I fear though that I have not been so unbiased in my thoughts thus far, focusing as I have on the intellectual aspect of Red Handed, though the book offers much more than that. That aforementioned human aspect is just as much at the center of this comic; while it is their crimes that form the deeper meanings the stories told are of the criminals themselves. Though, as is always the case with ensemble dramas, every reader will have some characters who strike them more than others everyone shown here is deeply human; within a few short pages each of the criminals transcends their high-concept and becomes someone that you care about, the twists and turns that their lives take leaving you either gutted or grinning depending on the nature of the scene. So although we are predetermined to be prejudiced against criminals we can see their side against the cold logic of the law.
This, I think, is the best that Matt’s writing has ever been, character or otherwise. Not only are the grand ideas there but the wit and wordplay on show is wonderful too; like an Edgar Wright script nearly every line, even those that are at first elliptical, loops back after connecting itself to a new context. For example a character quips offhandedly about one of today’s pornographers being the philosopher people of the future look back on, baffled at how their genius went unappreciated while they were alive; than, later on, an amateur pornographers photo’s are turned into art and presented in a gallery to great press, now filled with philosophic potential.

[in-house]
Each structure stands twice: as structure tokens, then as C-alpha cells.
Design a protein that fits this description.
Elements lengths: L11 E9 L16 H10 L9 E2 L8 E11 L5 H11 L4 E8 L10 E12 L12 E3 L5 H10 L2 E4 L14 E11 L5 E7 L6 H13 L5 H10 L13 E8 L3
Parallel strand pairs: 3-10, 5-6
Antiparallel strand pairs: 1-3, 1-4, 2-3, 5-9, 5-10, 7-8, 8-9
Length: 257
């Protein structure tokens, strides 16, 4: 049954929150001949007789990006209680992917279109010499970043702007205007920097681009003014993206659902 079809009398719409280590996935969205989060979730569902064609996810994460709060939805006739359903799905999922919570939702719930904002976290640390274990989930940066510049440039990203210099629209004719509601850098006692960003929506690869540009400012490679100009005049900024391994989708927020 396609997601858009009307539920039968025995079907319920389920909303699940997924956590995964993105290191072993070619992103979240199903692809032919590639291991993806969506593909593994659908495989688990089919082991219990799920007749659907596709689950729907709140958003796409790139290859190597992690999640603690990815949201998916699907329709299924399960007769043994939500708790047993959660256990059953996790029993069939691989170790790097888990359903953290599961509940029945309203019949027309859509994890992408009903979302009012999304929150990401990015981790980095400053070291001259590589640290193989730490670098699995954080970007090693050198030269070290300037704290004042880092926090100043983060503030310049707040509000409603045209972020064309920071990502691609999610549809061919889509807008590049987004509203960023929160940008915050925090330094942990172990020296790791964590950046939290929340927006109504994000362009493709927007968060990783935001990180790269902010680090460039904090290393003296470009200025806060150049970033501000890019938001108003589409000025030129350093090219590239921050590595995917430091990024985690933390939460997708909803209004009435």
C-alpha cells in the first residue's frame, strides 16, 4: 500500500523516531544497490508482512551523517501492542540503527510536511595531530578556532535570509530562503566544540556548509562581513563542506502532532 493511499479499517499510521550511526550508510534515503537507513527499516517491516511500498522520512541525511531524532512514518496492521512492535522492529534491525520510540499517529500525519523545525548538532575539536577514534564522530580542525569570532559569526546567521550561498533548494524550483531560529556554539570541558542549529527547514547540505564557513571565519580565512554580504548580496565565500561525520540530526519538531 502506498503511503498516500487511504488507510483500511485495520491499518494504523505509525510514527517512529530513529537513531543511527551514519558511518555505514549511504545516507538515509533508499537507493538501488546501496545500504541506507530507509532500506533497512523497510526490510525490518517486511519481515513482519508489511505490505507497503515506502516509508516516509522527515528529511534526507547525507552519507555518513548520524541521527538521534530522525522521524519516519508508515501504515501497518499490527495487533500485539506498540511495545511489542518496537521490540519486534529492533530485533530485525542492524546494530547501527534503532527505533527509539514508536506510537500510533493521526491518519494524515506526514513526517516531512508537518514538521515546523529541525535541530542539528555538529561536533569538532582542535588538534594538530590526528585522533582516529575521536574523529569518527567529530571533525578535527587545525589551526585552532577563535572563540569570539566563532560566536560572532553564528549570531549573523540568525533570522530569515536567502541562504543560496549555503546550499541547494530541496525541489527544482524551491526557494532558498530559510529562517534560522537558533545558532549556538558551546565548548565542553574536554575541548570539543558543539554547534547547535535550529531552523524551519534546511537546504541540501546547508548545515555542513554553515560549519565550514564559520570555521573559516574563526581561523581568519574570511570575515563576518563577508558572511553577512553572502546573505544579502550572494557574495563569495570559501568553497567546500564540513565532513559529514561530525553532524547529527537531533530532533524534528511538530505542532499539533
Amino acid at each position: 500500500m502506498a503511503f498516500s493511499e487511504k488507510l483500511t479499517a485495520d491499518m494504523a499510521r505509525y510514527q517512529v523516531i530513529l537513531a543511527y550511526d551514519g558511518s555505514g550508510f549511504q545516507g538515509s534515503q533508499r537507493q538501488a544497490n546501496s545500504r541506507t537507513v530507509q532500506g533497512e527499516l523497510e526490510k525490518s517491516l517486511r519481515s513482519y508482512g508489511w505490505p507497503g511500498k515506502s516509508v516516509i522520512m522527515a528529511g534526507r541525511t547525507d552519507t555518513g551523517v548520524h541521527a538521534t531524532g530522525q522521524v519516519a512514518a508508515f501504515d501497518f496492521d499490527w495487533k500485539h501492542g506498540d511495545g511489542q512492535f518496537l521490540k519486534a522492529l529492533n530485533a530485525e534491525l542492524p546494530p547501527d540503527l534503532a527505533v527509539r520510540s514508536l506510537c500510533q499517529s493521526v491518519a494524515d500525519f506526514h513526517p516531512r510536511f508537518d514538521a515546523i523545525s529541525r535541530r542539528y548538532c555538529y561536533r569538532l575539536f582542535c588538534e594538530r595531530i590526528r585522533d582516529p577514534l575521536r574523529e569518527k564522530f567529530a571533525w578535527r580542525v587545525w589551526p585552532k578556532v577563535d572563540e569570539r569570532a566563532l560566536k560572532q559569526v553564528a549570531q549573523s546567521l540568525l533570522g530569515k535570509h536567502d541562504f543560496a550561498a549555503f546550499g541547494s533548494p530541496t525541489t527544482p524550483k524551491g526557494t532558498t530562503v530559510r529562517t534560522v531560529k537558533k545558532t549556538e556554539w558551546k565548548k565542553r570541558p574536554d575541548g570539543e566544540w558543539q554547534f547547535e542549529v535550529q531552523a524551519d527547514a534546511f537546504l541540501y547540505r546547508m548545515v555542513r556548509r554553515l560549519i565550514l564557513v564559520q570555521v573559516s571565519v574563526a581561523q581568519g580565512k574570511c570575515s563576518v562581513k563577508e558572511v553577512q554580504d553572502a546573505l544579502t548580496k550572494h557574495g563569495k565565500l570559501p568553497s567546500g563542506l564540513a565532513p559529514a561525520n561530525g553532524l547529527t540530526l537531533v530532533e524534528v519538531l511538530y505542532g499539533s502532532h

This inter-connectivity is also inherent in the book’s storytelling, with each chapter structured to read strongly as a stand alone but also to feed into that which follows it; character’s and concepts cameoing and becoming elucidated later on, the number of links growing and growing with each page you turn. And you will be turning pages because, while peculiar, this style of writing really draws you in, asking you to maintain multiple threads of plot at once but paying you back with an equally multiplied amount of tension, intrigue and then eventually catharsis.
It may seem like I have already said a lot about this book but I assure there is much more to say, much more to find, to fight over an to be fascinated by. Red Handed is full of so many amazing little moments, features so many hidden nods and winks and still, somehow stands together as a whole greater than its parts; like the painting and like the pile. It is high art of the highest caliber, the best book that I’ve read all year; I am so glad that I own this piece of it ( in so much as anyone can own anything) and I predict you will be too once you’ve gotten your hands on it. In fact it’s so good that I almost wouldn’t blame you if tomorrow morning the local comic book store opened to see a small, red perforated square where there stock of it should be.